And I had some very interesting conversations with the denizens.  One fellow was Vietnam era Army and he was telling about his time on the logistical side of that war.  He said that if someone made a requisition for any kind of supply it had to be provided.  One day someone came in and ordered three helicopters.  And they had to provide them!

Well, it was a very interesting time and I enjoyed it.  But I’m still as ignorant of gun knowledge as I was before I entered the hangar (it was at an airport).  I asked Camera Girl if she wanted to try the helicopter ride that was available.  She gave me a very squinky look and I let it go.

I’ve been meaning to get a gun for the house for a long time.  I’ve only delayed this long because Camera Girl has Sicilian blood on her mother’s side and providing her with a firearm always seemed like stretching my luck.  But now that we saw so many exciting choices, who knows.  Some of the young guys at the show were playing around with guns that had the light or laser aiming assist.  Suddenly I had the image of Arnold Schwarzenegger showing up at the compound and I thought maybe I’m better off building a panic room instead.  Well, maybe I should do both.  After all, in the upcoming cannibal interregnum you can’t have too many precautions.

Guest Contributor – TomD – 03MAY2024 – Guns

Tom | Flickr

TomD

Gun shows aren’t the best place for gun photography. I say this knowing your environment is totally alien to mine but do you have gun clubs there, competitions? The competitors usually love talking about their weapons and showing them off.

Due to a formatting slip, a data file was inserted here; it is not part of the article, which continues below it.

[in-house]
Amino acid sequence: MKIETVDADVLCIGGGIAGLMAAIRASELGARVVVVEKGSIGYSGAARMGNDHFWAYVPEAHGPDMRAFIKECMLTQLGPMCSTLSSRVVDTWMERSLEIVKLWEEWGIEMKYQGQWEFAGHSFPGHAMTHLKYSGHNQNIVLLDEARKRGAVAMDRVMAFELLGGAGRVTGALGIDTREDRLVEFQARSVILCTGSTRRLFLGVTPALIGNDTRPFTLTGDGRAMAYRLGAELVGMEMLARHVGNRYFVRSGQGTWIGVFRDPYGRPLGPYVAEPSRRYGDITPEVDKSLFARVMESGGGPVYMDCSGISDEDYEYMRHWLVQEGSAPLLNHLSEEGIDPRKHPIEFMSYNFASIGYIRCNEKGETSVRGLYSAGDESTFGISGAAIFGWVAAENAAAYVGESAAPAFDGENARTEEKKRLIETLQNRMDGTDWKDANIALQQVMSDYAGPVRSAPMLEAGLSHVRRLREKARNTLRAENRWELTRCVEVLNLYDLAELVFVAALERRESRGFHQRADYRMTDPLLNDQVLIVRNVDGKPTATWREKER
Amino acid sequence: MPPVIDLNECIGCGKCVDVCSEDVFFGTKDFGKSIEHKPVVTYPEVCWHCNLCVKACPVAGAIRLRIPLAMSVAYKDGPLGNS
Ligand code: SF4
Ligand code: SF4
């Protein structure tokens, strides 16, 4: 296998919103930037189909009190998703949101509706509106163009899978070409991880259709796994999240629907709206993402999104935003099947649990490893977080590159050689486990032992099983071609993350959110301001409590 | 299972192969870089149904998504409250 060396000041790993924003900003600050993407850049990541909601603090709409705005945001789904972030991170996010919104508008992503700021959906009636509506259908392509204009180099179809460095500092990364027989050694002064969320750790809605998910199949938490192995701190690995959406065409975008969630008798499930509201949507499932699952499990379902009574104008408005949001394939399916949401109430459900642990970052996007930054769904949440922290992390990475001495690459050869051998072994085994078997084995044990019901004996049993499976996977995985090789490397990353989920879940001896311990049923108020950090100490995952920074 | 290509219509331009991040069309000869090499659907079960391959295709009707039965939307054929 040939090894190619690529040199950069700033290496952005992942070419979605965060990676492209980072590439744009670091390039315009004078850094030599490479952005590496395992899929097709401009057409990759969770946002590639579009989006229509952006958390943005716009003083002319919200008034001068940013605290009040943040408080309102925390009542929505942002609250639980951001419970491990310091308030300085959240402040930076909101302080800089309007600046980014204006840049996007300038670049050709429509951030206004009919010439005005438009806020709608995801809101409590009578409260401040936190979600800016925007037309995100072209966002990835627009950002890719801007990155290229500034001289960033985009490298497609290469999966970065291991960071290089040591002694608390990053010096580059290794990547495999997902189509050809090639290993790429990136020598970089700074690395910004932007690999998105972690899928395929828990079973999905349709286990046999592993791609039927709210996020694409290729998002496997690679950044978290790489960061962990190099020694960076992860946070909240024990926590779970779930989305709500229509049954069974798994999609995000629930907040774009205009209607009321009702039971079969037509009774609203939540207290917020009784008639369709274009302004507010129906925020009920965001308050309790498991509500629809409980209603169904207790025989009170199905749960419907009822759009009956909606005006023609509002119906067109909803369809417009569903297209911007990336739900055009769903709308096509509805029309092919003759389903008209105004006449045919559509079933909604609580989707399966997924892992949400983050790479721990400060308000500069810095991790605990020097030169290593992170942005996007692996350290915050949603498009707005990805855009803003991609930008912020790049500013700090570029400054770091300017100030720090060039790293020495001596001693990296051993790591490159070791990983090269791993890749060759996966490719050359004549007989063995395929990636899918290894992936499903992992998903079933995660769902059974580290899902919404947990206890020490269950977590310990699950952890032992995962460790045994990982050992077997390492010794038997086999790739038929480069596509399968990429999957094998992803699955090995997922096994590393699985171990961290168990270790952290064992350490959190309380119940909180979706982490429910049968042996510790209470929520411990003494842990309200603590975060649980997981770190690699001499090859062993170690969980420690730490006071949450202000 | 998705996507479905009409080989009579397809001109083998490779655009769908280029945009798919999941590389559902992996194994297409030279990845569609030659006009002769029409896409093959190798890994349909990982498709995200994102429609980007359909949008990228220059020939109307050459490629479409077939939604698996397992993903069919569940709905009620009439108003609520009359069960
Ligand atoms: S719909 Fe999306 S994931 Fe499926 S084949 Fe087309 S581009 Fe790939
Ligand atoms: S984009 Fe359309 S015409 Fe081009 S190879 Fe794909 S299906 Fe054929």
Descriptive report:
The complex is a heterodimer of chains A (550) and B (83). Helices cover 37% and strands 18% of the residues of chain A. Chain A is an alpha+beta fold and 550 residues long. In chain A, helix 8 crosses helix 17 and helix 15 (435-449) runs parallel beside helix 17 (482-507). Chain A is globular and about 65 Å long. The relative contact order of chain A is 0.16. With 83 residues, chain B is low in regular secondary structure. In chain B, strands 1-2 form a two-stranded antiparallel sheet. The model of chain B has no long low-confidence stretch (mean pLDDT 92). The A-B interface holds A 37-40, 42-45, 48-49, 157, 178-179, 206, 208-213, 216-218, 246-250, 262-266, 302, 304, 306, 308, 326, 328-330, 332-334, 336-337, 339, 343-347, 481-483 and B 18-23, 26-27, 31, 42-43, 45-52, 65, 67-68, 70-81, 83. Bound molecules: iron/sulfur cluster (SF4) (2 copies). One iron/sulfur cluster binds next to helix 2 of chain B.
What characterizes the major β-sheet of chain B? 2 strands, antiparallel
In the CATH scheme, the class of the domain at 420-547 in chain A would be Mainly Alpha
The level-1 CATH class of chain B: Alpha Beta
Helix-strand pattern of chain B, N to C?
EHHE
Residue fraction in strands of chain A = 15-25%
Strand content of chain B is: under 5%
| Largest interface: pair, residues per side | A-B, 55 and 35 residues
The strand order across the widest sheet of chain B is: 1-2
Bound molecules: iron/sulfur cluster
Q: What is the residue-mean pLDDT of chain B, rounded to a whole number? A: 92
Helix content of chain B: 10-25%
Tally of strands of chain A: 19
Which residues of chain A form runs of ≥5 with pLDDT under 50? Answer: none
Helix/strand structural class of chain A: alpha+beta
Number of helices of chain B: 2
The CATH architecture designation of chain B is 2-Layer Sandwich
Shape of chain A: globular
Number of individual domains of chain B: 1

Here’s one of my competition rifles, the others are bolt actions. I’ve used this one for F Class matches. Shot from the prone (laying down) position at 600 yards. The target is the size of a paint can lid and, to be in the running, you have to hit it every time, 60 times in a row. No matter what the wind is doing.

Most rifles like this are chambered in .223 or 5.56 Nato (essentially the same thing) but this one is 6.5mm Grendel. It has quite a bit more “punch” than a 5.56, especially at range.

DSC00067.jpg
DSC00067.jpg

Pistols too.

S&W version of the 1911

SW 1911 3.jpg
SW 1911 3.jpg

This one is for home defense.

I live in farm country with no visible neighbors but you can hear them shooting every Sat and Sun afternoon. With the nearest neighbor being a good piece of a mile away and 911 a good 15-20 minutes if you’re lucky, I do admit to a certain degree of comfort of having something like this handy but reality is that I don’t need it.

Everyone here is armed. A burglar would have to be suicidal to try breaking into homes around here and since, burglars don’t tend to suicidal, they don’t.

About 12 years ago, some druggie in Pensacola killed a couple of his “co-workers” and dumped the bodies a couple of miles from my house. The only crime here originates from family members of people known to the victim. And it is exceedingly rare.

The home invasion robbery, the kind that gives people nightmares, does not exist here.

The Benelli Nova shotgun below is modified to contain 7 rounds up to 3-1/2 magnums. I keep it loaded with 3” Buck. I hope I don’t have to shoot it, the recoil is brutal, even to someone not particularity recoil sensitive.

Benelli Nova.jpg
Benelli Nova.jpg

Guest Contributor – Glenn W – 16APR2024 – Photo-Expedition – 2024 Eclipse

Editor’s Comment:

Glenn was kind enough to allow me to publish a private e-mail he sent me.  As some of the regulars know I set up this website originally because I resented the left-bias that permeated most if not all of the photography websites.  So I am always excited when someone on the site has a photography-based post to share.  And going on a trip to get a special photographic shot is near and dear to my heart.

 

Hi photog,

 

Since you were kind enough to give me photography advice for the eclipse I wanted to get back to you and let you know how it went.